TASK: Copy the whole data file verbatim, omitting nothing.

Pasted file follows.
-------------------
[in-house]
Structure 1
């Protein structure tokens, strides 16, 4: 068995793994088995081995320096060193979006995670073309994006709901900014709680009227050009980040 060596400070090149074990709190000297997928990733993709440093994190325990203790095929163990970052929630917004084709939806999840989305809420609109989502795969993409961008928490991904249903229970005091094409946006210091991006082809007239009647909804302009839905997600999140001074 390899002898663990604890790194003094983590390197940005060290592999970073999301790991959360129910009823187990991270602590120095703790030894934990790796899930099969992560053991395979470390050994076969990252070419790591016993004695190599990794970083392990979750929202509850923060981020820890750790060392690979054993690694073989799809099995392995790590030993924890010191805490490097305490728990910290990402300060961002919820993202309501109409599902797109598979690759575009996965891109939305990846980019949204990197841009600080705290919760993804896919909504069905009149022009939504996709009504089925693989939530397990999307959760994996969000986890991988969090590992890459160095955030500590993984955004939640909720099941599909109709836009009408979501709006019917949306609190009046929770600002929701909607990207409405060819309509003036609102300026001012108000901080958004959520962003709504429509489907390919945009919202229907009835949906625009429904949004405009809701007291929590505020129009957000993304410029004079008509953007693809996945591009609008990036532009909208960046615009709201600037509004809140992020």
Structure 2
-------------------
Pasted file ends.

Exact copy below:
[in-house]
Structure 1
């Protein structure tokens, strides 16, 4: 068995793994088995081995320096060193979006995670073309994006709901900014709680009227050009980040 060596400070090149074990709190000297997928990733993709440093994190325990203790095929163990970052929630917004084709939806999840989305809420609109989502795969993409961008928490991904249903229970005091094409946006210091991006082809007239009647909804302009839905997600999140001074 390899002898663990604890790194003094983590390197940005060290592999970073999301790991959360129910009823187990991270602590120095703790030894934990790796899930099969992560053991395979470390050994076969990252070419790591016993004695190599990794970083392990979750929202509850923060981020820890750790060392690979054993690694073989799809099995392995790590030993924890010191805490490097305490728990910290990402300060961002919820993202309501109409599902797109598979690759575009996965891109939305990846980019949204990197841009600080705290919760993804896919909504069905009149022009939504996709009504089925693989939530397990999307959760994996969000986890991988969090590992890459160095955030500590993984955004939640909720099941599909109709836009009408979501709006019917949306609190009046929770600002929701909607990207409405060819309509003036609102300026001012108000901080958004959520962003709504429509489907390919945009919202229907009835949906625009429904949004405009809701007291929590505020129009957000993304410029004079008509953007693809996945591009609008990036532009909208960046615009709201600037509004809140992020």
Structure 2